This New Yet Unapproachable America: Lectures after Emerson after Wittgenstein

This New Yet Unapproachable America: Lectures after Emerson after Wittgenstein

by Stanley Cavell

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Stanley Cavell is a titan of the academic world; his work in aesthetics and philosophy has shaped both fields in the United States over the past forty years. In this brief yet enlightening collection of lectures, Cavell investigates the work of two of his most tried-and-true subjects: Emerson and Wittgenstein. Beginning with an introductory essay that places his own work in a philosophical and historical context, Cavell guides his reader through his thought process when composing and editing his lectures while making larger claims about the influence of institutions on philosophers, and the idea of progress within the discipline of philosophy. In “Declining Decline,” Cavell explains how language modifies human existence, looking specifically at the culture of Wittgenstein’s writings. He draws on Emerson, Thoreau, and many others to make his case that Wittgenstein can indeed be viewed as a “philosopher of culture.” In his final lecture, “Finding as Founding,” Cavell writes in response to Emerson’s “Experience,” and explores the tension between the philosopher and language—that he or she must embrace language as his or her “form of life,” while at the same time surpassing its restrictions. He compares finding new ideas to discovering a previously unknown land in an essay that unabashedly celebrates the power and joy of philosophical thought.   

Product Details

ISBN-13: 9780226037417
Publisher: University of Chicago Press
Publication date: 07/15/2013
Series: Carpenter Lectures , #1987
Sold by: Barnes & Noble
Format: NOOK Book
Pages: 144
File size: 2 MB

About the Author

Stanley Cavell is the Walter M. Cabot Professor Emeritus of Aesthetics and General Theory of Value at Harvard University and the author of many books. These include Conditions Handsome and Unhandsome, In Quest of the Ordinary, and Themes out of School, all published by the University of Chicago Press.

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This New Yet Unapproachable America

Lectures after Emerson after Wittgenstein

By Stanley Cavell

The University of Chicago Press

Copyright © 1989 Stanley Cavell
All rights reserved.
ISBN: 978-0-226-03741-7


Declining Decline

Wittgenstein as a Philosopher of Culture

When the organizers of a small seminar on Wittgenstein, to be held in Tromsø, Norway, in late September of 1986, invited me to take for my topic Wittgenstein as a philosopher of culture, the chance to view the world from above the Arctic Circle evidently so enchanted me that I accepted, not realizing until my flight back down to the bewitchments of New England that I never learned specifically what had been expected of or hoped for from me — not even whether I was to speak primarily to an anthropological sense of culture in which every organized society has or is a culture (one or more), and hence about Wittgenstein's relation perhaps to matters of so-called cultural relativism or perhaps to his emphasis on the social drive of language, as opposed to its private drive; or whether primarily (or equally) to an artistic sense of high culture which a given society may lack (in one or more (even all?) of the arts), and hence perhaps about Wittgenstein's standing as a writer, and the bearing of this calling on his calling as a philosopher (not a bearing most philosophers have had to contend with — or is this true?), or perhaps about his relation to his fund of reading, to writers he admired or was provoked by, ones he may or may not have included among his others, a fund famous for including names such as Kierkegaard and Spengler and Weininger and Freud, and notably putting behind him the names most professional philosophers in the English-speaking tradition of philosophy would have dwelt upon as central to their work, part of their education (Frege, Russell, Moore), and not mentioning those of the German-speaking professional tradition (notably Kant and Hegel). Wittgenstein shares his exclusions with, or found they were made possible by, the other major figures in the development of so-called analytical philosophy, whereas his inclusions he shares with, and found were made possible by, no one — I mean by no other philosopher formed by or against the development of analytical philosophy (neither in the mathematical-logical-physical line coming from Frege and Russell and inspiring logical positivism nor in the line of linguistic analysis coming from Moore and leading, obliquely, to Austin).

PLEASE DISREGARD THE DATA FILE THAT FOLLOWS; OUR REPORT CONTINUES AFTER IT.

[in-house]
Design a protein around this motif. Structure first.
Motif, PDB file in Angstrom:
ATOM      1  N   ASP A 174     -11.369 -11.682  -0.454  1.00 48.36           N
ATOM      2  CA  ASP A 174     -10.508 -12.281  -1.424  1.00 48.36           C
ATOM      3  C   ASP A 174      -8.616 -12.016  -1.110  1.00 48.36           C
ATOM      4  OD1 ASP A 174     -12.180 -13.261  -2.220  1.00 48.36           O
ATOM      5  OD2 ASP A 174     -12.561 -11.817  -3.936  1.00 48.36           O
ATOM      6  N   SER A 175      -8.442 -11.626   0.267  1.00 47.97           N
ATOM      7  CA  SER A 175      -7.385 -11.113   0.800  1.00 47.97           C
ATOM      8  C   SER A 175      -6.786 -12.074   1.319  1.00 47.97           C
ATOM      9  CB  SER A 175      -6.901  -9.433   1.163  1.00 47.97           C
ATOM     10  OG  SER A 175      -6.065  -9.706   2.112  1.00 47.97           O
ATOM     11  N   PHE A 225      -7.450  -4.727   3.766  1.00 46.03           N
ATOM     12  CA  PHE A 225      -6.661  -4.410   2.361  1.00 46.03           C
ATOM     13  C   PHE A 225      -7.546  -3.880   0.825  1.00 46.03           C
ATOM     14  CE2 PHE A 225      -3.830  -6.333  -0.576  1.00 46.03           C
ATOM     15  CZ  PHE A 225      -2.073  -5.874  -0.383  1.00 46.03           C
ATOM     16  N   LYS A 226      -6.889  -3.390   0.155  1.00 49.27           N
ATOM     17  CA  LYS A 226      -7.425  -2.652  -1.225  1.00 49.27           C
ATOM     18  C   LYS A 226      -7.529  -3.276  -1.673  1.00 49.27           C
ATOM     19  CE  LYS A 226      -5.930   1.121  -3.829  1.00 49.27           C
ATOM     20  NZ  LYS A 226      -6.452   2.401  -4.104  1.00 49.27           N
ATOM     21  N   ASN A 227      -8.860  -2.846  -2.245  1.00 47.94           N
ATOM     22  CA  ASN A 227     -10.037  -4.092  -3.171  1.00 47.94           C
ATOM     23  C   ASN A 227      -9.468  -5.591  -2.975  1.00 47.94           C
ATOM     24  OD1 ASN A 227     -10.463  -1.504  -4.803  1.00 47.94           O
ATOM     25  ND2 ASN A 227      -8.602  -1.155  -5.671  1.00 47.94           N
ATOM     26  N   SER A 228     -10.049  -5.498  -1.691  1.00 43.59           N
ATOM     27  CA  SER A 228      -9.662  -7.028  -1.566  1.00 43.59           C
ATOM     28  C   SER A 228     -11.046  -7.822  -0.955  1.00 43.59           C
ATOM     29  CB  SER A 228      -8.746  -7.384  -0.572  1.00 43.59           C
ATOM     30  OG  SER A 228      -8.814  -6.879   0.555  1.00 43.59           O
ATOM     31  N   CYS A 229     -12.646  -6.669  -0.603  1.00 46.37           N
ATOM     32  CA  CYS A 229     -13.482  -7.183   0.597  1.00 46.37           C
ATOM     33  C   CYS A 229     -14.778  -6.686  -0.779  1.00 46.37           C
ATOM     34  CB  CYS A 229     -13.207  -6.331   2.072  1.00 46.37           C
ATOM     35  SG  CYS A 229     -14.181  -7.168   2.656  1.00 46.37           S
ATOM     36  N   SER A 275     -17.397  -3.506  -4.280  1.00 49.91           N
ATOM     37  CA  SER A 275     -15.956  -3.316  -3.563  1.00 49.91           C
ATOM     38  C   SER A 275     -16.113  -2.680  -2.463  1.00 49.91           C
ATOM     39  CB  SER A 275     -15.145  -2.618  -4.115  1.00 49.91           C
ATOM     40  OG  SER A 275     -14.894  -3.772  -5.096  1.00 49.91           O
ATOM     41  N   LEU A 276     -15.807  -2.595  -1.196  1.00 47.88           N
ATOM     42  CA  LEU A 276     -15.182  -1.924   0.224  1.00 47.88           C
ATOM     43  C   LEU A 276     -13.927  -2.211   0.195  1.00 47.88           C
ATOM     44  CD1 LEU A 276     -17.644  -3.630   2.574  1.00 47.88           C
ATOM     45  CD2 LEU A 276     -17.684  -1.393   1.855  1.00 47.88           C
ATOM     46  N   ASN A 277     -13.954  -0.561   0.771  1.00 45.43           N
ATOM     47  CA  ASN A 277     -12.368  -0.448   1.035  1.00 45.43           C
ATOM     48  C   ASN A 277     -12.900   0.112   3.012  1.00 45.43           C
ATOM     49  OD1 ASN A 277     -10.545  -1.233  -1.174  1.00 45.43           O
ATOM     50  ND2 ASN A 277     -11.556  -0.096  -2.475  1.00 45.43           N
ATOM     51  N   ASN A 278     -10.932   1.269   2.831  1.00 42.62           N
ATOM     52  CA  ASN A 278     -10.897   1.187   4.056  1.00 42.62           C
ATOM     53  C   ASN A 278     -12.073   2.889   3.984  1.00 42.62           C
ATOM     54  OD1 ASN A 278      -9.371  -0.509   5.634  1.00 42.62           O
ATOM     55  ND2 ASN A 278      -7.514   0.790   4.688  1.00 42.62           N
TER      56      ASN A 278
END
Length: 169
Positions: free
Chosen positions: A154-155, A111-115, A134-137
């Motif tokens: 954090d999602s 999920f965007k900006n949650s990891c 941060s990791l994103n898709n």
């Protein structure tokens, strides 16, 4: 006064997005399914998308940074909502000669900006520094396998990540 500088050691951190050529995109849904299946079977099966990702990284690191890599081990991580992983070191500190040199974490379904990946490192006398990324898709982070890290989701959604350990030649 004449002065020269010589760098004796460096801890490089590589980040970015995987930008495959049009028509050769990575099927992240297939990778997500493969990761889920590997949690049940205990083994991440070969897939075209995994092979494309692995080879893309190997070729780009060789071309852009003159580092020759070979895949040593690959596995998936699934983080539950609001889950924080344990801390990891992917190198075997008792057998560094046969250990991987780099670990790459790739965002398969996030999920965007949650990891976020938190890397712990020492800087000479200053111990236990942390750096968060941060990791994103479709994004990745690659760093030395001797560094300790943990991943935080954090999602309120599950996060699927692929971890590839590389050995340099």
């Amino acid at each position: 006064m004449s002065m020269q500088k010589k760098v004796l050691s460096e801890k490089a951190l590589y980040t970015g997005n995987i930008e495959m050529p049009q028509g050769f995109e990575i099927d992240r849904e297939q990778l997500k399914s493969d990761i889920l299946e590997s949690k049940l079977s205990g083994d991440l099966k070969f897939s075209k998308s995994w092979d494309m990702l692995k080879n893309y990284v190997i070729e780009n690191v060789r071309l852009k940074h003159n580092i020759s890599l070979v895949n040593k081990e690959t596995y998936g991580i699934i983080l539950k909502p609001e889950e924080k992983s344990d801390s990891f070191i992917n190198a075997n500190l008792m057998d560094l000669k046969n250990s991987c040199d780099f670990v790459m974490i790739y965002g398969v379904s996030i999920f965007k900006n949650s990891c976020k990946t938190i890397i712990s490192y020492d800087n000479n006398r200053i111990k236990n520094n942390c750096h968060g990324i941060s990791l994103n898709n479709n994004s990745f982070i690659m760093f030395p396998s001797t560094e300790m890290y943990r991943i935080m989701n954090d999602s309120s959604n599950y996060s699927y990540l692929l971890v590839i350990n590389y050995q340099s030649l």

The singular inclusions were more on my mind than Wittgenstein's shared exclusions as I turned over the invitation from Norway and found my ideas, while going off in various directions, to be guided by two thoughts, both, I believe, controversial.

First, even when the acceptance of Wittgenstein as one of the major philosophical voices in the West since Kant may be taken for granted, it is apt to be controversial to find that his reception by professional philosophy is insufficient, that the spiritual fervor or seriousness of his writing is internal to his teaching, say the manner (or method) to the substance, and that something in the very professionalization of philosophy debars professional philosophers from taking his seriousness seriously. I put this so as to bring out a structural pathos in this debarment — in philosophy's blindness to, or constricted view of, one of its masters — for various reasons. Above all to indicate that I am not interested in expressing or assessing blame for this situation, either of those who may neglect the spiritual fervor as philosophically impertinent or of those who may insist on the fervor impertinently. Wittgenstein's detractors will respond to his seriousness as a matter of psychology or at best an aesthetic phenomenon, a stylistic excess; his followers are more likely to feel it as an abiding moral or religious demand, an unmarked — perhaps unmarkable — abyss.